The Japanese are masters at this form of verse. Perhaps its structure appeals to their high regard for simplicity. I’m not a student of Haikus and know nothing about its origin or development but one day, disgusted with a novel I was working on, I decided to try to write one.  My first effort failed – so did the second.  It’s no easy trick to have an idea and express it in something like eight to twelve words, maintaining the required 5-7-5 syllabification.  It was such fun that I kept going until I finally had a few that, even if they won’t win any prizes, at least conform to the required structure. It’s especially challenging to write one where the last line is unexpected – rather like the punch line of a joke or hippotomus.

Chocolate chip pie

Whipped cream tempts and teases

Here is your fork eat.


Silver and candles

The table entices me

Dine converse relax.


The search for knowledge

Confusing, terrifying

A snake in the grass.


His voice a whisper

His gentle hands waterfalls

He smells of roses.


I open a book

Words of wisdom tumble out

Manna for my brain.


The world clothed in white

I hide from snow and cold wind

Hibernation mine.


Words whisper and flow

Arms tenderly enfold me

Treasures remembered.


I splash in the waves

Surf caresses and tickles

Fish, water lilies.


Lights flicker inside

Darkness tiptoes through windows

Peace serenity.


A road by a stream

Cool water ripples on rocks

Ducks, turtles and swans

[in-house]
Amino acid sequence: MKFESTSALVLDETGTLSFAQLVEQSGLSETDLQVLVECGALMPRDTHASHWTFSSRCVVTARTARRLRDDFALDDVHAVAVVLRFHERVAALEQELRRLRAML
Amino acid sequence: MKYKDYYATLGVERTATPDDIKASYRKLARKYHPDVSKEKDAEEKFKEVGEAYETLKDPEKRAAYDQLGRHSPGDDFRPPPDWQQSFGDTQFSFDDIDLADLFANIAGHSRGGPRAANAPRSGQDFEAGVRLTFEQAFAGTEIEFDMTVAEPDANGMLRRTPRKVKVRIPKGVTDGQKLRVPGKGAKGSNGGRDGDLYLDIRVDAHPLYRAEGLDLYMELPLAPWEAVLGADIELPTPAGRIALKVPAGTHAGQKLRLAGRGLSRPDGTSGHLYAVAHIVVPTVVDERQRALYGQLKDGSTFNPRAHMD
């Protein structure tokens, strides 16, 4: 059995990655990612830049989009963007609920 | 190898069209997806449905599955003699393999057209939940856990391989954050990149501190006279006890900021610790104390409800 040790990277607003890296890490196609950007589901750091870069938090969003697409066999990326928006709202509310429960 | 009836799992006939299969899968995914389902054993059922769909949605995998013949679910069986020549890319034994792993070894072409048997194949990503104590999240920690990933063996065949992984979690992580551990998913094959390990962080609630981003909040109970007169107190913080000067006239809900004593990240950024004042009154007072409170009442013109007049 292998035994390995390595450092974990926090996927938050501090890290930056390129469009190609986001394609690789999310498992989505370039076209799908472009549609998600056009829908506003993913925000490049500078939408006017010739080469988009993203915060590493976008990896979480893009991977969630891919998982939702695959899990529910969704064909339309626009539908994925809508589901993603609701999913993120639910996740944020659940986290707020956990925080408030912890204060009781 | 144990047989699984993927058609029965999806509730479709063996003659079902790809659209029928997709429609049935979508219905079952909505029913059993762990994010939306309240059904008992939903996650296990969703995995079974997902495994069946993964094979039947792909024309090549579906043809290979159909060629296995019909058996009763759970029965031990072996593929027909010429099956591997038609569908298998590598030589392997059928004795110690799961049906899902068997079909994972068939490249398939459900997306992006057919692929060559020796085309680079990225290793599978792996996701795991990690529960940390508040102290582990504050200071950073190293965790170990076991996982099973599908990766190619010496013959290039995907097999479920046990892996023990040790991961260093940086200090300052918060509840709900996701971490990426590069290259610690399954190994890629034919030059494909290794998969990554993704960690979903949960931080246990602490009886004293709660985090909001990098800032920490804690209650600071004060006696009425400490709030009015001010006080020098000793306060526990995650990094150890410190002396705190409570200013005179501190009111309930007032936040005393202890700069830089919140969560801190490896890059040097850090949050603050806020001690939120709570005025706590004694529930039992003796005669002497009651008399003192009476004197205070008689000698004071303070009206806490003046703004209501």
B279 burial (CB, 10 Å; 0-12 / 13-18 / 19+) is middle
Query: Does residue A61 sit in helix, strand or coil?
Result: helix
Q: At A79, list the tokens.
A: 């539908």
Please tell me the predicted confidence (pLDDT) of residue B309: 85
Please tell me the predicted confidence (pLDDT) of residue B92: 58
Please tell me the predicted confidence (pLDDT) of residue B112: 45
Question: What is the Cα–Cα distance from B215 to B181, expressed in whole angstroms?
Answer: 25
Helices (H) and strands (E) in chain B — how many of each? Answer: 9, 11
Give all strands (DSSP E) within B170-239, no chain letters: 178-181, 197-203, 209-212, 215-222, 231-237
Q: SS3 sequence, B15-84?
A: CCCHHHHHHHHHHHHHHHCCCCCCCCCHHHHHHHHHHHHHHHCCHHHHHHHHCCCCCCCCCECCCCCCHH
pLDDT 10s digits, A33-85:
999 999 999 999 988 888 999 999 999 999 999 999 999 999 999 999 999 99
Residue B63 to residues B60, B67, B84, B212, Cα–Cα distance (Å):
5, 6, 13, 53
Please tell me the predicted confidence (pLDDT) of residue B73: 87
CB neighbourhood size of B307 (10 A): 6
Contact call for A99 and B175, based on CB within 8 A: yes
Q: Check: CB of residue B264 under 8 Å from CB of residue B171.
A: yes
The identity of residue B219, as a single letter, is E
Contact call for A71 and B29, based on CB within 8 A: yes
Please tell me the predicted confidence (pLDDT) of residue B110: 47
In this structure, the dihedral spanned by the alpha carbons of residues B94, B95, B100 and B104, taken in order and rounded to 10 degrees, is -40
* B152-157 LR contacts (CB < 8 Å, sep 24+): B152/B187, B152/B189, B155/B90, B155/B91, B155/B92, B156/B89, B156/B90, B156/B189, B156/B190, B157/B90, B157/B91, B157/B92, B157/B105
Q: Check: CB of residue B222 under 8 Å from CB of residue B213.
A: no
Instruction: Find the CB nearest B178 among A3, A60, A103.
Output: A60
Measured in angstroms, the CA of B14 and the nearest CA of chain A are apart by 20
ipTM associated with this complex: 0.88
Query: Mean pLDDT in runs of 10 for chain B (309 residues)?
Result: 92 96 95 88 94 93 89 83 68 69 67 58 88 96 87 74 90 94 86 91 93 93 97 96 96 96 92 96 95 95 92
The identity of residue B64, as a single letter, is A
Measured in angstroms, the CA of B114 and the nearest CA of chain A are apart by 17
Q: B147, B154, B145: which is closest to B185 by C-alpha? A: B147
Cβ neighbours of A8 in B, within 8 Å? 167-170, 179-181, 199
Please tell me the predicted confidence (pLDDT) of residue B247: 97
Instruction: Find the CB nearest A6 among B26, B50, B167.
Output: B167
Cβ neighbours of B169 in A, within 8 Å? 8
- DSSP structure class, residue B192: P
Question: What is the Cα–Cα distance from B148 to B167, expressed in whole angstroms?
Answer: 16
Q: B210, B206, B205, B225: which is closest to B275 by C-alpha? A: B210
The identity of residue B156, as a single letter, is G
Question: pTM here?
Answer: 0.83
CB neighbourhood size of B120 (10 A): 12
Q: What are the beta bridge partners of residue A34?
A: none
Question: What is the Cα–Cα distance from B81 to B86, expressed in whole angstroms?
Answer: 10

A garden I seek

Smelling of lilacs in bloom

Buds on rose bushes


Challenge: write a Haiku.

Julie Rose


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I sometimes think I’d be very content living in a teepee, mountains and wild life surrounding me. Or – a small cabin on the edge of a lake filled with fish for my dinner, weeping willow  trees lining its banks and an herb garden at my front door.  For the most part we don’t live like that.  There was a time in our history when nature was primary in everyday lives but that is no longer the case.   Today it plays a secondary, walk-on role in our lives.

The question is: how did that happen? What is the driving force behind the subjugation of nature brought about by politics, religion, education and business? Assuming such a power exists, one might at first say GREED.  But how does greed play into education? Is it conspiracy?  Again, when it comes to education, that’s not the answer.  Does education even belong in that list? I think it does.